When goods are supplied from the job worker’s place of business, even if the job worker is registered, the supply will be treated as supply by the Principal and the value of the goods will not be included in the job worker’s aggregate turnover.

When inputs or capital goods sent for job work are NOT brought back or supplied from the job worker’s place within 1 year or 3 years respectively

Example: Rajesh Apparels sends 150 kurtas to Ramesh Embroiders on 10th October, ‘17 for embroidery work on the apparel. The kurtas are not brought back to Rajesh Apparels’ place of business till 10th October ’18.

Here, the kurtas would be considered to have been supplied by Rajesh Apparels to Ramesh Embroiders on 10th October ’17 and Rajesh Apparels is liable to pay tax on the supply, along with interest.

When inputs sent for job work are not brought back or supplied from the job worker’s place of business within 1 year of their being sent for job work, or if capital goods sent for job work are not brought back or supplied from the job worker’s place of business within 3 years, they will be considered to have been supplied by the principal to the job worker on the day they were sent out. Hence, the Principal will be liable to pay tax on the supply, along with the interest due.

Note: The inputs or capital goods can be sent to the job worker without first bringing them to the principal’s place of business. In this case, the period of 1 year and 3 years respectively, will be counted from the date when the job worker receives the inputs or capital goods.

Processing charges charged by job worker

GST is applicable on processing charges charged by the job worker.

Example: Ramesh Embroiders charges Rs.10,000 for the job work order received in August ’17 from Rajesh Apparels.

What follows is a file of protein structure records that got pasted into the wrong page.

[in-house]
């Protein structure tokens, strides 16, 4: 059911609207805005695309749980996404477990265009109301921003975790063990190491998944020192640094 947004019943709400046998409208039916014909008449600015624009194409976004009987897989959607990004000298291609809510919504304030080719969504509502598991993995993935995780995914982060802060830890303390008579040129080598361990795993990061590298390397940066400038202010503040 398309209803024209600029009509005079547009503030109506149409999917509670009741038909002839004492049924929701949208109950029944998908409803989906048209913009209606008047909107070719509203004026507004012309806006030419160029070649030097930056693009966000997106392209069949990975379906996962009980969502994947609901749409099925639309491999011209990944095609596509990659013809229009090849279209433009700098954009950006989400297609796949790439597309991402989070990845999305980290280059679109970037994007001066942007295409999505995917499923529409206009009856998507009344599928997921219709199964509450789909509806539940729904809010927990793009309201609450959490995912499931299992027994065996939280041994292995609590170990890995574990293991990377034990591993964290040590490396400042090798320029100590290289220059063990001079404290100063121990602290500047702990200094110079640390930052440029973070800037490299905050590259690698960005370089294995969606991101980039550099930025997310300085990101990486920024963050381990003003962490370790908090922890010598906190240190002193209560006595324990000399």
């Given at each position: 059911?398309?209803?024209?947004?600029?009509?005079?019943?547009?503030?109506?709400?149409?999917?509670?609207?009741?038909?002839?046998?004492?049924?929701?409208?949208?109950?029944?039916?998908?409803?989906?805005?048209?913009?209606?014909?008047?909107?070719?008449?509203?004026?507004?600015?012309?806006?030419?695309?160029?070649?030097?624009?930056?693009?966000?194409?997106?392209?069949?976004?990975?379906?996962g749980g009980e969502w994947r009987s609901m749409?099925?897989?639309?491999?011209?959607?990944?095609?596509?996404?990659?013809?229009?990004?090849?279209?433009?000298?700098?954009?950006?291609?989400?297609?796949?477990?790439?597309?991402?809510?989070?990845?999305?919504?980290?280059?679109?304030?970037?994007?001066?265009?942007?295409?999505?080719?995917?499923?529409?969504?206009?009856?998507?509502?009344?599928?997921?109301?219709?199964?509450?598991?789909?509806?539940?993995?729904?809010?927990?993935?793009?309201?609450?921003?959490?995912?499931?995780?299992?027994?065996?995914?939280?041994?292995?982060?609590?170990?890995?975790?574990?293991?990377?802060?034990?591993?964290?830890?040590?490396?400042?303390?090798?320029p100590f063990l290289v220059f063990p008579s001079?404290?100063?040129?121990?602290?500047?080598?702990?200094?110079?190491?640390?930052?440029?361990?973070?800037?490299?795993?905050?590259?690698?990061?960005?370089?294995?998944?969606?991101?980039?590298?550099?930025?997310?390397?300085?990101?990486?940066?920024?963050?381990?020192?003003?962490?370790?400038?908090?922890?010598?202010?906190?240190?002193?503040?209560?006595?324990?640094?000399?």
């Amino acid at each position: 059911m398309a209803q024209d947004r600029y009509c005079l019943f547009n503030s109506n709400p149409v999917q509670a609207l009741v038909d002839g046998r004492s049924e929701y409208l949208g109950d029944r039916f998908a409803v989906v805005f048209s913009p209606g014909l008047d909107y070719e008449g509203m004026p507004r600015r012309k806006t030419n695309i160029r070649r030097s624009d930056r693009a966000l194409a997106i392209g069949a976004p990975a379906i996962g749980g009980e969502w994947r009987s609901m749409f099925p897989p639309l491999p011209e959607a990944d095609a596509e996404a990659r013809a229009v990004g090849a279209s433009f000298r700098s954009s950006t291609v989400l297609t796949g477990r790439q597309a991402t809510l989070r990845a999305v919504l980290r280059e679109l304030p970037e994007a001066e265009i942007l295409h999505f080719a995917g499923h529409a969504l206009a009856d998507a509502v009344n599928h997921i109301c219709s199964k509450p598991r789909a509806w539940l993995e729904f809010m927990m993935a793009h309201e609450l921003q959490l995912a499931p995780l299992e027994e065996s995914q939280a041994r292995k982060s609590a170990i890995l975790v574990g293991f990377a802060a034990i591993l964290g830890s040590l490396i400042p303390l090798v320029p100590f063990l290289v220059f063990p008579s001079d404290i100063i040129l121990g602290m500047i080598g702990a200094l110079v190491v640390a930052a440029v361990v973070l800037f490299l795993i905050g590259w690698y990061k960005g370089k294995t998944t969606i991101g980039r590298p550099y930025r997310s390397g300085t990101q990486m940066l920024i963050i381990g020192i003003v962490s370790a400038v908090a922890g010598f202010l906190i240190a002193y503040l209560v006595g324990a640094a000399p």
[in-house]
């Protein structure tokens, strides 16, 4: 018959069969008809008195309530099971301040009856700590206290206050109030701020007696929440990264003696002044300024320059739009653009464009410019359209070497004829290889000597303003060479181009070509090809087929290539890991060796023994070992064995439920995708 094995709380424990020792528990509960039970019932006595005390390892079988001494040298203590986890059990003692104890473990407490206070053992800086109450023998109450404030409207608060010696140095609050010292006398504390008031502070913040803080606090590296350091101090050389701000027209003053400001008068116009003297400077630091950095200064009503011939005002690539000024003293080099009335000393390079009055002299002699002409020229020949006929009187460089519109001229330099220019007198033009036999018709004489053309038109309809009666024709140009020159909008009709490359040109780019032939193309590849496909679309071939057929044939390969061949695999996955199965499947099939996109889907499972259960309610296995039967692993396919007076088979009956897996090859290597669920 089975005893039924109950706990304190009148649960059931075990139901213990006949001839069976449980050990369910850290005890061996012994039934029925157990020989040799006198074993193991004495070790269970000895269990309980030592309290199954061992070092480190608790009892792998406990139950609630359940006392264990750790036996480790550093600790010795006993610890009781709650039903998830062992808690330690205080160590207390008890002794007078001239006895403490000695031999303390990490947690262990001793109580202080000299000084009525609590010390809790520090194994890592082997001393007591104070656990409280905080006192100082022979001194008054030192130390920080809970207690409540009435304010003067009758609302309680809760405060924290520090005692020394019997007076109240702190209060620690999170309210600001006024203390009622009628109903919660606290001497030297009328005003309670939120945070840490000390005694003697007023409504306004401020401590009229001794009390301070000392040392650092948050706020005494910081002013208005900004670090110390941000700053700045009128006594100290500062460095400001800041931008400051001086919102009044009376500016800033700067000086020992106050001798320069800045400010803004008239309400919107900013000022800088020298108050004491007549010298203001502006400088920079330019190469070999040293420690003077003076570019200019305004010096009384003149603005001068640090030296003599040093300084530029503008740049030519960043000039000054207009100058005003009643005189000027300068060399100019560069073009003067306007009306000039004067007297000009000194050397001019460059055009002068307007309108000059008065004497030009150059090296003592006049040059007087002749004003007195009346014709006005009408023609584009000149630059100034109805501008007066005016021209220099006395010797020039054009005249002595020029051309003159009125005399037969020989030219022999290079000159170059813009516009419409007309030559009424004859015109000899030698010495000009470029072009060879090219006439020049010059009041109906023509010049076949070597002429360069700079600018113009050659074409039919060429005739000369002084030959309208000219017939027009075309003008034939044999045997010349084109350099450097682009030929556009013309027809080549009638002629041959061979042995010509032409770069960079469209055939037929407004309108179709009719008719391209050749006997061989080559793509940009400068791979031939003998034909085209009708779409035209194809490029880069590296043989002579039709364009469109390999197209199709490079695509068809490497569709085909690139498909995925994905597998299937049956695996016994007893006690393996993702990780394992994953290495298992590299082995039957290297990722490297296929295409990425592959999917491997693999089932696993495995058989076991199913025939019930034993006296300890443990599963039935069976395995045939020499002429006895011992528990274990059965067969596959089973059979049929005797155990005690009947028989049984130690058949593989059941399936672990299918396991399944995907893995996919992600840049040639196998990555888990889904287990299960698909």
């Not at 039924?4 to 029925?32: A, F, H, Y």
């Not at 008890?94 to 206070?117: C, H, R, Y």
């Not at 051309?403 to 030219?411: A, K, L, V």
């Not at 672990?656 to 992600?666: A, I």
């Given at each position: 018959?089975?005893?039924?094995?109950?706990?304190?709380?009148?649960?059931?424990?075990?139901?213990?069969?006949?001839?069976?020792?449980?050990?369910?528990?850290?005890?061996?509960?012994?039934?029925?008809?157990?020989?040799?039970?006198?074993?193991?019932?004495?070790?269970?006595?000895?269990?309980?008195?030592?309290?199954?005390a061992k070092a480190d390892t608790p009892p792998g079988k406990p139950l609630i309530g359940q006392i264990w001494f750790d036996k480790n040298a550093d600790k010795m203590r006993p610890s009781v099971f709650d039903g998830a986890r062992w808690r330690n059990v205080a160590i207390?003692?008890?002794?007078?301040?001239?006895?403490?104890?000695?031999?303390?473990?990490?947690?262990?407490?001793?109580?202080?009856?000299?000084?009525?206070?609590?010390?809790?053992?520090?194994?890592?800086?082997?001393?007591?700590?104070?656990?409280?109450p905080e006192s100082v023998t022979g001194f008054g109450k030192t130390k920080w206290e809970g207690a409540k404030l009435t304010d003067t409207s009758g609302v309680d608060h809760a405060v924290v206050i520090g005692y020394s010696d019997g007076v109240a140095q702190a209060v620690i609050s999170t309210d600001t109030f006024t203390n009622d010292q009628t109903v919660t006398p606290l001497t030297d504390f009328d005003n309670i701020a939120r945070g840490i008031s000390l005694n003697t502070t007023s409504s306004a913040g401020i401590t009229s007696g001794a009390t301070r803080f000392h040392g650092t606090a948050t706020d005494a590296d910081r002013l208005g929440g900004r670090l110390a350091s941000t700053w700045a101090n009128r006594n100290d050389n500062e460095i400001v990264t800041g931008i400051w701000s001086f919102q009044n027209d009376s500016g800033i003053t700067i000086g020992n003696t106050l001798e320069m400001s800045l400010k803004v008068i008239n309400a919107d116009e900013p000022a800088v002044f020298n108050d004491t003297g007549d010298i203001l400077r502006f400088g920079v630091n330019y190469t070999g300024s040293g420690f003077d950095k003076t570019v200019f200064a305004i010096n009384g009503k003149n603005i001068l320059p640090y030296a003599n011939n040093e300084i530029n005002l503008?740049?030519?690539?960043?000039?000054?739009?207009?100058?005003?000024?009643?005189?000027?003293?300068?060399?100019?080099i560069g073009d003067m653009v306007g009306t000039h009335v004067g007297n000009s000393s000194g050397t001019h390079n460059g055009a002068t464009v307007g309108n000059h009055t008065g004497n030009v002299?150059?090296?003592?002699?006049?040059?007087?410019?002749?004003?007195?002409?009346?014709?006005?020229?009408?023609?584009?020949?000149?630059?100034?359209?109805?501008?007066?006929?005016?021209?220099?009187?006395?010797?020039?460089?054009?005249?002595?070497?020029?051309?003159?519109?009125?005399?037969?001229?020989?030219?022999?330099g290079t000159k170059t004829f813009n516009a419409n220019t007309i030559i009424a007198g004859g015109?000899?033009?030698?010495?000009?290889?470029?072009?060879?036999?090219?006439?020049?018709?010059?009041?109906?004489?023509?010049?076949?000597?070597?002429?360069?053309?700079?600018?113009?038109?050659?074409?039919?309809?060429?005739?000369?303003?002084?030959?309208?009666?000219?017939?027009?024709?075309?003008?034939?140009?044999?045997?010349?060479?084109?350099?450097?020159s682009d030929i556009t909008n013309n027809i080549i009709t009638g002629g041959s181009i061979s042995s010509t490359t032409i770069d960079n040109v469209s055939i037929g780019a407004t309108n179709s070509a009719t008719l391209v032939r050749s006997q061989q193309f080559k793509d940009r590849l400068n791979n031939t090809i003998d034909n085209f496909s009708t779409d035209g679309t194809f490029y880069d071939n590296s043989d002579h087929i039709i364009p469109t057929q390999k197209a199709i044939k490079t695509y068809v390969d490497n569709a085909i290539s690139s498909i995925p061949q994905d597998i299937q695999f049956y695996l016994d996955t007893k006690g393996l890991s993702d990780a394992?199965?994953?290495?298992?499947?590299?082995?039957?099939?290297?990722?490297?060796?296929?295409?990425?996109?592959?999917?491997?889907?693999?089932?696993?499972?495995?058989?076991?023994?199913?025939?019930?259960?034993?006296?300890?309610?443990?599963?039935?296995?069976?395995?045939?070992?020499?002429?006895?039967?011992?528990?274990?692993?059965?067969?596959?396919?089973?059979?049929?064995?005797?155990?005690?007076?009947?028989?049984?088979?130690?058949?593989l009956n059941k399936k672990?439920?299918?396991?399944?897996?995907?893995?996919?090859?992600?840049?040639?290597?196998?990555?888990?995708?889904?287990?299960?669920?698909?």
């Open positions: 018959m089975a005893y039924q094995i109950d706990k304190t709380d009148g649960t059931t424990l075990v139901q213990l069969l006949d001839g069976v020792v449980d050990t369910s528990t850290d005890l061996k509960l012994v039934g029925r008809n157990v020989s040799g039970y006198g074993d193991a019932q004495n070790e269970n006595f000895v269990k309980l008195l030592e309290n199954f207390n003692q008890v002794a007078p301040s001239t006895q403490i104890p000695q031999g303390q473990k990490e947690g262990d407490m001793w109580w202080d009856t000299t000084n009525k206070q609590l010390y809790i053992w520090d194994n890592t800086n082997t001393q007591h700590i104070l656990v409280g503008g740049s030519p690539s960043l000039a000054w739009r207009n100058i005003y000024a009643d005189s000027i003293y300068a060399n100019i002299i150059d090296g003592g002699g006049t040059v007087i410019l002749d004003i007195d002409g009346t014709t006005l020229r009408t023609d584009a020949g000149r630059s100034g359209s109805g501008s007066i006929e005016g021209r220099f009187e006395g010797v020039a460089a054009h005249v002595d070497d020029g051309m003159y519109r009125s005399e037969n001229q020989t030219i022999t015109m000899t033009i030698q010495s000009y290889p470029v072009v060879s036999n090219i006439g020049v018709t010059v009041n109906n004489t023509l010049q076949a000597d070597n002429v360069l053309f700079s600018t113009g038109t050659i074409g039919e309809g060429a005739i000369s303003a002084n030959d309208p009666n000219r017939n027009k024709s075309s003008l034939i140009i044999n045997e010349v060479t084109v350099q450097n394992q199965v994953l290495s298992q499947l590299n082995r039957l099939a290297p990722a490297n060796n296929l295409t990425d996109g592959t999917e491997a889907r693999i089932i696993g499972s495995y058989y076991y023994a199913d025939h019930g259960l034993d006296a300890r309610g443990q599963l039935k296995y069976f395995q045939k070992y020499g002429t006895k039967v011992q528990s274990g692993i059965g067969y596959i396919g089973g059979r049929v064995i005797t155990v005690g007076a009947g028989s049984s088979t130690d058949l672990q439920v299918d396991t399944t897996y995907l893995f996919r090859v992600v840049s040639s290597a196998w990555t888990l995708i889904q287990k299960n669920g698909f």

Here, Ramesh Embroiders has to charge GST @ 5% (Rate applicable to textile job work charges) on the embroidery charges.

Moulds and dies, jigs and fixtures or tools sent for job work

No tax is applicable on moulds and dies, jigs and fixtures or tools sent to a job worker for job work.

Waste or scrap generated during job work

If any waste or scrap is generated during job work, it can be supplied by the job worker directly from his place of business by paying tax, if he/she is registered. If the job worker is not registered, the principal can supply the same by paying tax.

Conclusion

The tax treatment of job work under GST remains largely similar to the current regime. An important point to note is that the period within which inputs should be brought back or supplied from the job worker’s place is now 1 year instead of 180 days earlier. Similarly, the period within which capital goods should be brought back or supplied is now 3 years instead of 1 year earlier. Also, GST will now be levied on processing charges charged by the job worker.

For the manufacturing industry, these provisions are positive and in line with the Government’s all-out support for the sector.

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Pugal T & Anisha K Jose